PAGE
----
- Fact Sheet for Patients, Parents and Caregivers Emergency Use Authorization (EUA) of Sotrovimab for the Treatment of Coronavirus Disease 2019 (COVID-19) (PDF)
Clinical trials for monoclonal antibodies against COVID-19 have shown a decrease in hospitalizations and emergency room visits and a decrease in the amount of virus carried by an infected person. Studies are still ongoing.
Monoclonal antibody treatment may have side effects. The most common reported side effects include:
- For bamlanivimab/etesevimab: nausea, dizziness, itching, and rash.
- For casirivimab/imdevimab: nausea, vomiting, hyperglycemia, and pneumonia.
- For sotrovimab: itching, fever, rash, and diarrhea.
The side effects of getting any medicine by vein may include brief pain, bleeding, bruising of the skin, soreness, swelling, and possible infection at the infusion site. Additionally, because bamlanivimab/etesevimab, casirivimab/imdevimab, and sotrovimab are antibody treatments, they could affect your body's own immune response to future infections with SARS-CoV-2, the virus that causes COVID-19, or they could affect your immune response to a vaccine for COVID-19.
Allergic reactions including hypersensitivity reactions (such as itching or flushing) and anaphylaxis have been reported in clinical trials of casirivimab/imdevimab, bamlanivimab/etesevimab, and sotrovimab. These allergic reactions are very rare and in all cases were successfully treated and resolved. Clinical studies are ongoing to evaluate the usefulness and safety of antibody treatment. It is possible that not all risks are known yet.
We do not know yet if it is safe to use the antibody treatment while pregnant. Women who are pregnant or breastfeeding should talk with their doctor or other health care provider. There is no available data on the presence of lab-made antibodies in human or animal milk, the effects on breastfed infants, or the effects on milk production.
We do not yet know how effective vaccines are in someone who has previously received an antibody treatment for a COVID-19 infection, or whether the antibody treatment could interfere with your body's own immune response to a vaccine. Once you have had COVID-19, you are very unlikely to be reinfected for three months afterward. So, if you receive an antibody treatment, you should delay receiving a vaccine for three months as a precaution.
It is important to know that if you have already received a vaccine for COVID-19, you are still eligible for antibody treatment. You may be treated with monoclonal antibodies whether you have received one or two doses of vaccine. If you have only received one dose of vaccine, you should delay receiving the second dose for three months after treatment, but you do not have to start the vaccine series over again.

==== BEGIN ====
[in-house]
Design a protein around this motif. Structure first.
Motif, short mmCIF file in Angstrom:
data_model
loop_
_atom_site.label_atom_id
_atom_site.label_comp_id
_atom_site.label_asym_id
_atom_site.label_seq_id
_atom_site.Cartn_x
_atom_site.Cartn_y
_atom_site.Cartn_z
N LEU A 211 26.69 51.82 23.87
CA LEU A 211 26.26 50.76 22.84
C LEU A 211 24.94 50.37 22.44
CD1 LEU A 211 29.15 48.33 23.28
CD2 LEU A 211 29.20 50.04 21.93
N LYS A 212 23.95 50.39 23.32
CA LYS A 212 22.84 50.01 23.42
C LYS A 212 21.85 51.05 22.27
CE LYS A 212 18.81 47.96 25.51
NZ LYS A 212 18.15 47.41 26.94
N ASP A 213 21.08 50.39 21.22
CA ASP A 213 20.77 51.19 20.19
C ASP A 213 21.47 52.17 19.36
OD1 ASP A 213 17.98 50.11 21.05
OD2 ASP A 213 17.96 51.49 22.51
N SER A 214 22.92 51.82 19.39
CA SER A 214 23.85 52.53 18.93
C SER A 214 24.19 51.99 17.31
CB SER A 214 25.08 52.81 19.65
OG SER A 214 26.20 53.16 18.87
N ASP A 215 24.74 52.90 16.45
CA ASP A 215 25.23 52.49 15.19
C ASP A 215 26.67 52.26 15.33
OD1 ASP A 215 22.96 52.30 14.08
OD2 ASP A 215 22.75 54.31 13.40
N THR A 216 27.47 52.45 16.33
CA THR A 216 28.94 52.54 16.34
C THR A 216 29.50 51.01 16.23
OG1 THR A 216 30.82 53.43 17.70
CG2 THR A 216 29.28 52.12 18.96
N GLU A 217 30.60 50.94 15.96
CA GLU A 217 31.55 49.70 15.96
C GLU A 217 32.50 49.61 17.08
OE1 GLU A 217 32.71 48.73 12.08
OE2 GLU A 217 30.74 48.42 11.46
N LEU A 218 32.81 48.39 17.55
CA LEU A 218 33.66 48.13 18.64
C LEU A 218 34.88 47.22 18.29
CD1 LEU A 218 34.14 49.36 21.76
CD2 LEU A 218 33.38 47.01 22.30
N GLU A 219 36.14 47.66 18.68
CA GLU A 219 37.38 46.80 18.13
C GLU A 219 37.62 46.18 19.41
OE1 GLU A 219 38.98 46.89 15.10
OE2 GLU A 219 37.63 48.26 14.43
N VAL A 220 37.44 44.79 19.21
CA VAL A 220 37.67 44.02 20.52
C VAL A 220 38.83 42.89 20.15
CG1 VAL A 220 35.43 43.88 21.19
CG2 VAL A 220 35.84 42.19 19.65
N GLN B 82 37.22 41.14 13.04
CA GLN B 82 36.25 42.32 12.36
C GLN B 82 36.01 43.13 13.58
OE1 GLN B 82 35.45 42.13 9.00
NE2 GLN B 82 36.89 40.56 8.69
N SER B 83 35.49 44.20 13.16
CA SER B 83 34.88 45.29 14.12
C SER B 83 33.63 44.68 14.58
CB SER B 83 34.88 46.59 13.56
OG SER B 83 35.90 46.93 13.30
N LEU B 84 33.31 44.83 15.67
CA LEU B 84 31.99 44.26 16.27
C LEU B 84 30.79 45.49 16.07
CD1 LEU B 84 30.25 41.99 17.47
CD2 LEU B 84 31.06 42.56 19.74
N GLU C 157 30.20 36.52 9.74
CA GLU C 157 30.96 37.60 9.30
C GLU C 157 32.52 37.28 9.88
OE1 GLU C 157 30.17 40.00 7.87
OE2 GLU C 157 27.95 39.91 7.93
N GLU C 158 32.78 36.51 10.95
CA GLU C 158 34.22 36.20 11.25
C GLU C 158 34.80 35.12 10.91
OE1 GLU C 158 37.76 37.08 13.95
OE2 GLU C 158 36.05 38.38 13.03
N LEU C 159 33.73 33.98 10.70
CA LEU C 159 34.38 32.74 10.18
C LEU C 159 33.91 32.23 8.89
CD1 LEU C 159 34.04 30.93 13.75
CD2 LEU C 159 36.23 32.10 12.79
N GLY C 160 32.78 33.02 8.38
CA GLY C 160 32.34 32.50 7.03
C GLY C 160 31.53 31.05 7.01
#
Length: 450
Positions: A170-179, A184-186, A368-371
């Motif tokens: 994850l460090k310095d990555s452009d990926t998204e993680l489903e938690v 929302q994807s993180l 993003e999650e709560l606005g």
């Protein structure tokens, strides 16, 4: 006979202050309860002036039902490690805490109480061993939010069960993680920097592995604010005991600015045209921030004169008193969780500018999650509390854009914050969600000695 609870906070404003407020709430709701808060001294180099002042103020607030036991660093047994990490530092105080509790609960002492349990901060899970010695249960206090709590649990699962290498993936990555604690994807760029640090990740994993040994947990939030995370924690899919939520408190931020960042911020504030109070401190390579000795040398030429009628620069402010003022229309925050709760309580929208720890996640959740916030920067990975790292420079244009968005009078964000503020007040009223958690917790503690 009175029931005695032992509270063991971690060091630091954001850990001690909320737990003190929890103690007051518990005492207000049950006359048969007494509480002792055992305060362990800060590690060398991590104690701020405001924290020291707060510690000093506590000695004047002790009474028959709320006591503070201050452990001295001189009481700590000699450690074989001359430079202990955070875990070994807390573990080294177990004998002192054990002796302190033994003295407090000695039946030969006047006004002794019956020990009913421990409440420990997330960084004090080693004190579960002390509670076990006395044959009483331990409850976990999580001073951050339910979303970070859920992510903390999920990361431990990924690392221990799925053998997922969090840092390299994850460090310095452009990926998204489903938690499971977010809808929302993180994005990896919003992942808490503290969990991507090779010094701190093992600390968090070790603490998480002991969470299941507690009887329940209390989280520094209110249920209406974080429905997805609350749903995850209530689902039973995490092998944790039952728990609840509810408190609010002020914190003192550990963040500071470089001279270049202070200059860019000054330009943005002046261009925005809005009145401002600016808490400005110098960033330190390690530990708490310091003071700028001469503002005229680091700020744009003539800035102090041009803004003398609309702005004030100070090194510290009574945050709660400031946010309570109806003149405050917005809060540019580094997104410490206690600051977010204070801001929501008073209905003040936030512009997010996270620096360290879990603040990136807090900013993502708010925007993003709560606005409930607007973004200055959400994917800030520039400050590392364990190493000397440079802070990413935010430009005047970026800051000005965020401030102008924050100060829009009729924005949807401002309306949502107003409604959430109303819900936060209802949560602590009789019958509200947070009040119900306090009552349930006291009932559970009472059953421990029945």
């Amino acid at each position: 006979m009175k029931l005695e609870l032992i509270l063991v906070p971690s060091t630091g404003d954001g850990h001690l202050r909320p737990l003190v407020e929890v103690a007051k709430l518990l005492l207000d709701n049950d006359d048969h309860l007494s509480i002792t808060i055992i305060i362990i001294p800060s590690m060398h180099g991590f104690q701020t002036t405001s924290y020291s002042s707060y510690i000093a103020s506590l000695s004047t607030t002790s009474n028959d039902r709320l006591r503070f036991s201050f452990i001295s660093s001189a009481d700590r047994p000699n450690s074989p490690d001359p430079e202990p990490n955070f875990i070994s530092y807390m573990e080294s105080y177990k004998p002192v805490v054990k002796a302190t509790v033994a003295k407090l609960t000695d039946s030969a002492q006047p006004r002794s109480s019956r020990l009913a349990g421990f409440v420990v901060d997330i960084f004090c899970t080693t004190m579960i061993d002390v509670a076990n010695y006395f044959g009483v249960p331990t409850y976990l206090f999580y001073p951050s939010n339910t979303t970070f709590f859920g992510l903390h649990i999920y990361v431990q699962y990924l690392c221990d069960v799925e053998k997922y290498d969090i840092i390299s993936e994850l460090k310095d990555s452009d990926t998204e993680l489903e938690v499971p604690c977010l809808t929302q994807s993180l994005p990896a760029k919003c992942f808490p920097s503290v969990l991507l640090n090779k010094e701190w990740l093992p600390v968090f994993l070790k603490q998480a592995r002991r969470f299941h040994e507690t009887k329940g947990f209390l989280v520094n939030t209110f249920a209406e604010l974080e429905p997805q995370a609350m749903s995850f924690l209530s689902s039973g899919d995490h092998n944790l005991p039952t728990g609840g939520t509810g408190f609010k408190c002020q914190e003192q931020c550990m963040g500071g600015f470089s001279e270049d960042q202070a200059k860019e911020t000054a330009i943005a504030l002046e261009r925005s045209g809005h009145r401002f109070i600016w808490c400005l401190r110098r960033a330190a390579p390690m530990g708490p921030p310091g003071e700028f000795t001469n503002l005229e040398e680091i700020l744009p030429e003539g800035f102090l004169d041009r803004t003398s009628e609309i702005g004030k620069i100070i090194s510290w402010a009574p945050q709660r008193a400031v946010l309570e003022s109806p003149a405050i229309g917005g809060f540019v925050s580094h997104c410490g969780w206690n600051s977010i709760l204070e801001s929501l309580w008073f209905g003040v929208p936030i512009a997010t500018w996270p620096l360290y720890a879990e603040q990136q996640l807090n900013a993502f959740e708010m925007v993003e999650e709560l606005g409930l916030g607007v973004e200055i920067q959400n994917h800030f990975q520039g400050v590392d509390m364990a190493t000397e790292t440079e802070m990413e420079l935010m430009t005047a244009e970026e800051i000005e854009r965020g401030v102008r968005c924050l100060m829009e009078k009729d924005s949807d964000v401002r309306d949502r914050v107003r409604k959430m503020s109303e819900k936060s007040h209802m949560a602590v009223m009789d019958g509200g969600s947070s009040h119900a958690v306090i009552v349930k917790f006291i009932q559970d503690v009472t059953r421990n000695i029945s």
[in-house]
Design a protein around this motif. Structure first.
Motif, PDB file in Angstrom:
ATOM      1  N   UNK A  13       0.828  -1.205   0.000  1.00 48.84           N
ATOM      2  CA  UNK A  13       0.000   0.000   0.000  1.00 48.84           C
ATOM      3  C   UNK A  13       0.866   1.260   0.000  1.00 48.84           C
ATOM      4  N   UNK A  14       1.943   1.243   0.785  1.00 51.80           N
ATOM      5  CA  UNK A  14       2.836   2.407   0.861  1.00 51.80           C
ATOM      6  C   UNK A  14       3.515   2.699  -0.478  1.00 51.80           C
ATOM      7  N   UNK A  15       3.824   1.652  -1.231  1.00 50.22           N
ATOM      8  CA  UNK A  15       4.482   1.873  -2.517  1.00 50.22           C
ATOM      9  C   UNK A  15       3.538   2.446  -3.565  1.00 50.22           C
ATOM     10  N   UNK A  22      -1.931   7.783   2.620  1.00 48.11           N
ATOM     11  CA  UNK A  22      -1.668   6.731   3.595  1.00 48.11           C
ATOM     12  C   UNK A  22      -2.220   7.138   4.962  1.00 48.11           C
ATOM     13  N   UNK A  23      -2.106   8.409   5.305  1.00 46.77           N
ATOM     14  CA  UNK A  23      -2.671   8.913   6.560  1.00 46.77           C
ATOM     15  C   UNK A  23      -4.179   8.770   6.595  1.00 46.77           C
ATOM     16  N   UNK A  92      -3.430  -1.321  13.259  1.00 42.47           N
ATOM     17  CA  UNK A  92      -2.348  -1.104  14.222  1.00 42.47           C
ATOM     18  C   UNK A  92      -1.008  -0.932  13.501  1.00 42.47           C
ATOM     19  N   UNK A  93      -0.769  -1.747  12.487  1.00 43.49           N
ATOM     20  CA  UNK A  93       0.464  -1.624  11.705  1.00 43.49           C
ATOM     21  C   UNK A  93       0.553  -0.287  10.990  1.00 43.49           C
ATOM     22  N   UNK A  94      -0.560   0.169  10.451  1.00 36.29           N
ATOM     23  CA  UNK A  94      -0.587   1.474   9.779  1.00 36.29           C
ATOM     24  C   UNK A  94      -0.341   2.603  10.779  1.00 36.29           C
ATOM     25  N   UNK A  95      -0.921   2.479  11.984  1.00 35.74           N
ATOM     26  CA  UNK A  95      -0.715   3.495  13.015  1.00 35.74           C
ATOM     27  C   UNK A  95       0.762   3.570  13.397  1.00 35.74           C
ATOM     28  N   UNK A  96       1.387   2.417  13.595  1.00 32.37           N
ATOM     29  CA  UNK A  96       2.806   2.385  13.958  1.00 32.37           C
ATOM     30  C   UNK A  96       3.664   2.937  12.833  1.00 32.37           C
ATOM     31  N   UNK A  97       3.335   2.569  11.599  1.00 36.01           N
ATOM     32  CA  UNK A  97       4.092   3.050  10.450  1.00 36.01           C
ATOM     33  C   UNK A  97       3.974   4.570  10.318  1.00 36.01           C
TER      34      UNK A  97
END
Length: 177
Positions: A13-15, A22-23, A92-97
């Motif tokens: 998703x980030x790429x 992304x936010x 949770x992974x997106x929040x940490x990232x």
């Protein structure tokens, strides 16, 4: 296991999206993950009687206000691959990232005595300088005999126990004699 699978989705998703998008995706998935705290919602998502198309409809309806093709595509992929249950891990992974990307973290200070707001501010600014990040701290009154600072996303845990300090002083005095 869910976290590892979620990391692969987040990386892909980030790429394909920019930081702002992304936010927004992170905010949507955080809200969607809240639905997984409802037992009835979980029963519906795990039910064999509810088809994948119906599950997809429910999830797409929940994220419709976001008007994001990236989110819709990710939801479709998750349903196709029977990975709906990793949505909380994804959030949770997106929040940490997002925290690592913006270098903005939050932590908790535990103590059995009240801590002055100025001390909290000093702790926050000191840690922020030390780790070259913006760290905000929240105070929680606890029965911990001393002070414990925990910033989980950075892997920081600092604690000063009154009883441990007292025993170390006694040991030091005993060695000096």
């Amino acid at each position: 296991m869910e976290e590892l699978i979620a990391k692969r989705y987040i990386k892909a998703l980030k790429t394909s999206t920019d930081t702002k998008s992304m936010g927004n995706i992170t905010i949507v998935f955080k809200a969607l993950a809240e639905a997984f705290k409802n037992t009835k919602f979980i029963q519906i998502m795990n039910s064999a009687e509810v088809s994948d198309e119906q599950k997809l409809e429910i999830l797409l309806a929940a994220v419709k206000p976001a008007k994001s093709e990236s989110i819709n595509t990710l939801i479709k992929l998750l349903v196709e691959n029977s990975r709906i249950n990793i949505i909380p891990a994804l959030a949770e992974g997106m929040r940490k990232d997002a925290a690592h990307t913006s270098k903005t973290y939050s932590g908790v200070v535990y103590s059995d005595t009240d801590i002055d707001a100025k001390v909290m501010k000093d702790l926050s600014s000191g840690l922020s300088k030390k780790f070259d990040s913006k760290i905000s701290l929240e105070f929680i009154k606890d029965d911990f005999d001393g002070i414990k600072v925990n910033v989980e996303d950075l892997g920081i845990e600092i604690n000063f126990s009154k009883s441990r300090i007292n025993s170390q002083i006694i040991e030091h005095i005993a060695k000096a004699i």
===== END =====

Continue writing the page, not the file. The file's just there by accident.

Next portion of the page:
The federal government distributed antibody supplies at no cost to patients. However, some hospitals may have billed insurance companies to administer the drug. The state of Minnesota is working to ensure that any location that gives antibody treatments is considered in network and covered by insurance. However, if you are treated at a health care facility outside of your usual network, it is possible that you may have additional out-of-pocket charges (for example, if an E-Health visit is necessary to confirm eligibility).
- CMS: Coverage of Monoclonal Antibody Products to Treat COVID-19 (PDF)
More information on insurance coverage of antibody treatments.
- Health Resources & Services Administration (HRSA): Uninsured Patient COVID Services Poster (PDF)
Information about what to do if you don't have insurance.
How can I get monoclonal antibody treatment?
The Minnesota Resource Allocation Platform (MNRAP) is an online tool that connects people and health care providers with COVID-19 medications. People, their caregivers, or their health care providers can use MNRAP to find out which medications are available, whether they will help the person, and whether the person is able to get medication.
If someone can get a COVID-19 medication, MNRAP passes along information on their behalf to a health care facility that can give it. A final decision about whether someone can get a medication is up to the health care provider at that facility.
Remdesivir and convalescent plasma
These medication options are typically for people with severe COVID-19 who require hospitalization.
For more information, visit combatCOVID: Available COVID-19 Treatment Options.